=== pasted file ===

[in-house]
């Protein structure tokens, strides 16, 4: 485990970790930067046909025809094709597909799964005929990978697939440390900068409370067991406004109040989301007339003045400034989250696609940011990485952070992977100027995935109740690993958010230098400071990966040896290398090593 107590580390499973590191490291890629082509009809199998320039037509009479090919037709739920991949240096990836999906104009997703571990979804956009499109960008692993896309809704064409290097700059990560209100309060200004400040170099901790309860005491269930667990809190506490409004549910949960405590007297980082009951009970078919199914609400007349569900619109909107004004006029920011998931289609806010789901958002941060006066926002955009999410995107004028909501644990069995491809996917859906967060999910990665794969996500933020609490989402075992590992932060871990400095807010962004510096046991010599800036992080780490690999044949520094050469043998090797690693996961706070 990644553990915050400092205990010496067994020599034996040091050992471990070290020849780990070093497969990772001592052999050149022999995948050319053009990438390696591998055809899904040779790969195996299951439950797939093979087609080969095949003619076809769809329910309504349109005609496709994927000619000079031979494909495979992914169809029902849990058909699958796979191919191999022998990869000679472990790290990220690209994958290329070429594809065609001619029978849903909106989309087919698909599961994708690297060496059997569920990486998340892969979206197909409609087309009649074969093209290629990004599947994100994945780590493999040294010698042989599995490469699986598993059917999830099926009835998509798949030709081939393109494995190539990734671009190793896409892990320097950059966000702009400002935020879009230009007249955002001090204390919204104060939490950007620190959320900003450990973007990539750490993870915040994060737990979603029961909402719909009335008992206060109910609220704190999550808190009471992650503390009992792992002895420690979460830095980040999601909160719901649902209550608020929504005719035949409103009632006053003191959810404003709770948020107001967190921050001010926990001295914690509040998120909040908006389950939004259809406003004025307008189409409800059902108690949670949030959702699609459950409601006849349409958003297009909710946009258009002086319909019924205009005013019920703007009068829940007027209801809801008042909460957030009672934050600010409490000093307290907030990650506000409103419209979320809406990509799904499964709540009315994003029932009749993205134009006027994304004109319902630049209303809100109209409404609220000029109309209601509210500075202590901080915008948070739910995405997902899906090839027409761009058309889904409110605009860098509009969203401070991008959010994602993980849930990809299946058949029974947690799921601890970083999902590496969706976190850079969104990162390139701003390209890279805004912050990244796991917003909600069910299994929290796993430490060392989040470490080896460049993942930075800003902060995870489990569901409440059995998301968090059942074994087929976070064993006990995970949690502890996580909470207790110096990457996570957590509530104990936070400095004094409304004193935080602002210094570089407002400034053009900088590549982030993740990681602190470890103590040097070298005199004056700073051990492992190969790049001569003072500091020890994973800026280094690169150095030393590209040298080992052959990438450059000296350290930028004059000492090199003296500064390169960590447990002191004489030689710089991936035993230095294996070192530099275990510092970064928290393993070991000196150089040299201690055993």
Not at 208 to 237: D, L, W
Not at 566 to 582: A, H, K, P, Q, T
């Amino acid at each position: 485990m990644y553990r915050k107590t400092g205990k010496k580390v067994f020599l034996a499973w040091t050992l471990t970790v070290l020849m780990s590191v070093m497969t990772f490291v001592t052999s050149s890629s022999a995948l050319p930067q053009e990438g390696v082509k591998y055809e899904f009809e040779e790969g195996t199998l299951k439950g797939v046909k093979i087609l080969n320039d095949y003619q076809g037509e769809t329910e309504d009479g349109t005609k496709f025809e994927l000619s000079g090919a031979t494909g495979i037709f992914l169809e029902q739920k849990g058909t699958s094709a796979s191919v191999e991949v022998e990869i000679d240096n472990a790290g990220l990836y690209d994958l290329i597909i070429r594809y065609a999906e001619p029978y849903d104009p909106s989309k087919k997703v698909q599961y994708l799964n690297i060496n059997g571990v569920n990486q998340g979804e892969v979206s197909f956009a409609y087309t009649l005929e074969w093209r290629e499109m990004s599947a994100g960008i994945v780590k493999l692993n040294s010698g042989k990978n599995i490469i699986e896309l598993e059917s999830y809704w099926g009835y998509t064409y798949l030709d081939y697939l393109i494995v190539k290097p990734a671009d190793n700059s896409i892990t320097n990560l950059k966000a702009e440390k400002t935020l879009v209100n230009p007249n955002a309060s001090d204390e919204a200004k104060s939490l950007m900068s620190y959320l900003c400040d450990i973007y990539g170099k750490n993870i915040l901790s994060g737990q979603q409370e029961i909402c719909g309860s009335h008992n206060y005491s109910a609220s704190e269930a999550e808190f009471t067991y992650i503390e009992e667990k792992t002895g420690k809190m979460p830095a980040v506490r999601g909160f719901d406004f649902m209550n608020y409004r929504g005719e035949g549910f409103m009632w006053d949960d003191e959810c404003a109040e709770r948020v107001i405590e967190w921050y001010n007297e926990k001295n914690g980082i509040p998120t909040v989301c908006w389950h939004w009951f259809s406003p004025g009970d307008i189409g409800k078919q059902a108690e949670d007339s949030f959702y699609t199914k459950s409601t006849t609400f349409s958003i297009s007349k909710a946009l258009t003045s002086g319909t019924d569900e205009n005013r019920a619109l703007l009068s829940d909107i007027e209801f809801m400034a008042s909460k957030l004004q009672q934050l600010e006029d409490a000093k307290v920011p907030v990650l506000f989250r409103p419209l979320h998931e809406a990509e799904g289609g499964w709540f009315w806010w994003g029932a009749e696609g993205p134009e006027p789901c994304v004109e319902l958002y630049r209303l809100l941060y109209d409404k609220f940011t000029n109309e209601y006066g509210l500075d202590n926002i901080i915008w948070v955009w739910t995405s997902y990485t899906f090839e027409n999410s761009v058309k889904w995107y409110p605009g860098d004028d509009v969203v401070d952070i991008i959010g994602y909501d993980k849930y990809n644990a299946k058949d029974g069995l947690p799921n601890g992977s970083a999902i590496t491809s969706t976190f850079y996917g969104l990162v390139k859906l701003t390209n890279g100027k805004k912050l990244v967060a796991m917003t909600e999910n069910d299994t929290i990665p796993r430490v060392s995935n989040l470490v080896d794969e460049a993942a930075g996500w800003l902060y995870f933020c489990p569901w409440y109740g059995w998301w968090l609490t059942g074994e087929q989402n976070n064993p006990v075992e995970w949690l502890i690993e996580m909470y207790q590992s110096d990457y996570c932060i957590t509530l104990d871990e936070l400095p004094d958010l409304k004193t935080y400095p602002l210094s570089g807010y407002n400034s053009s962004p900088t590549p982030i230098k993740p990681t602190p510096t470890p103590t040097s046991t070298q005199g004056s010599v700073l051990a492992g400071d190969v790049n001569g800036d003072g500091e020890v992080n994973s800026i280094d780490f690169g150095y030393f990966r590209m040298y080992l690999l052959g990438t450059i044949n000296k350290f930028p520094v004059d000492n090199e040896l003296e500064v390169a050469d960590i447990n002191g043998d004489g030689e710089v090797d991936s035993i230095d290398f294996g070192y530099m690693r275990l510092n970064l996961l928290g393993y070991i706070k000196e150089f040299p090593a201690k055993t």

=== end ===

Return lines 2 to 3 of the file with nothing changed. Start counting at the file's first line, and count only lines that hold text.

């Protein structure tokens, strides 16, 4: 485990970790930067046909025809094709597909799964005929990978697939440390900068409370067991406004109040989301007339003045400034989250696609940011990485952070992977100027995935109740690993958010230098400071990966040896290398090593 107590580390499973590191490291890629082509009809199998320039037509009479090919037709739920991949240096990836999906104009997703571990979804956009499109960008692993896309809704064409290097700059990560209100309060200004400040170099901790309860005491269930667990809190506490409004549910949960405590007297980082009951009970078919199914609400007349569900619109909107004004006029920011998931289609806010789901958002941060006066926002955009999410995107004028909501644990069995491809996917859906967060999910990665794969996500933020609490989402075992590992932060871990400095807010962004510096046991010599800036992080780490690999044949520094050469043998090797690693996961706070 990644553990915050400092205990010496067994020599034996040091050992471990070290020849780990070093497969990772001592052999050149022999995948050319053009990438390696591998055809899904040779790969195996299951439950797939093979087609080969095949003619076809769809329910309504349109005609496709994927000619000079031979494909495979992914169809029902849990058909699958796979191919191999022998990869000679472990790290990220690209994958290329070429594809065609001619029978849903909106989309087919698909599961994708690297060496059997569920990486998340892969979206197909409609087309009649074969093209290629990004599947994100994945780590493999040294010698042989599995490469699986598993059917999830099926009835998509798949030709081939393109494995190539990734671009190793896409892990320097950059966000702009400002935020879009230009007249955002001090204390919204104060939490950007620190959320900003450990973007990539750490993870915040994060737990979603029961909402719909009335008992206060109910609220704190999550808190009471992650503390009992792992002895420690979460830095980040999601909160719901649902209550608020929504005719035949409103009632006053003191959810404003709770948020107001967190921050001010926990001295914690509040998120909040908006389950939004259809406003004025307008189409409800059902108690949670949030959702699609459950409601006849349409958003297009909710946009258009002086319909019924205009005013019920703007009068829940007027209801809801008042909460957030009672934050600010409490000093307290907030990650506000409103419209979320809406990509799904499964709540009315994003029932009749993205134009006027994304004109319902630049209303809100109209409404609220000029109309209601509210500075202590901080915008948070739910995405997902899906090839027409761009058309889904409110605009860098509009969203401070991008959010994602993980849930990809299946058949029974947690799921601890970083999902590496969706976190850079969104990162390139701003390209890279805004912050990244796991917003909600069910299994929290796993430490060392989040470490080896460049993942930075800003902060995870489990569901409440059995998301968090059942074994087929976070064993006990995970949690502890996580909470207790110096990457996570957590509530104990936070400095004094409304004193935080602002210094570089407002400034053009900088590549982030993740990681602190470890103590040097070298005199004056700073051990492992190969790049001569003072500091020890994973800026280094690169150095030393590209040298080992052959990438450059000296350290930028004059000492090199003296500064390169960590447990002191004489030689710089991936035993230095294996070192530099275990510092970064928290393993070991000196150089040299201690055993």
Not at 208 to 237: D, L, W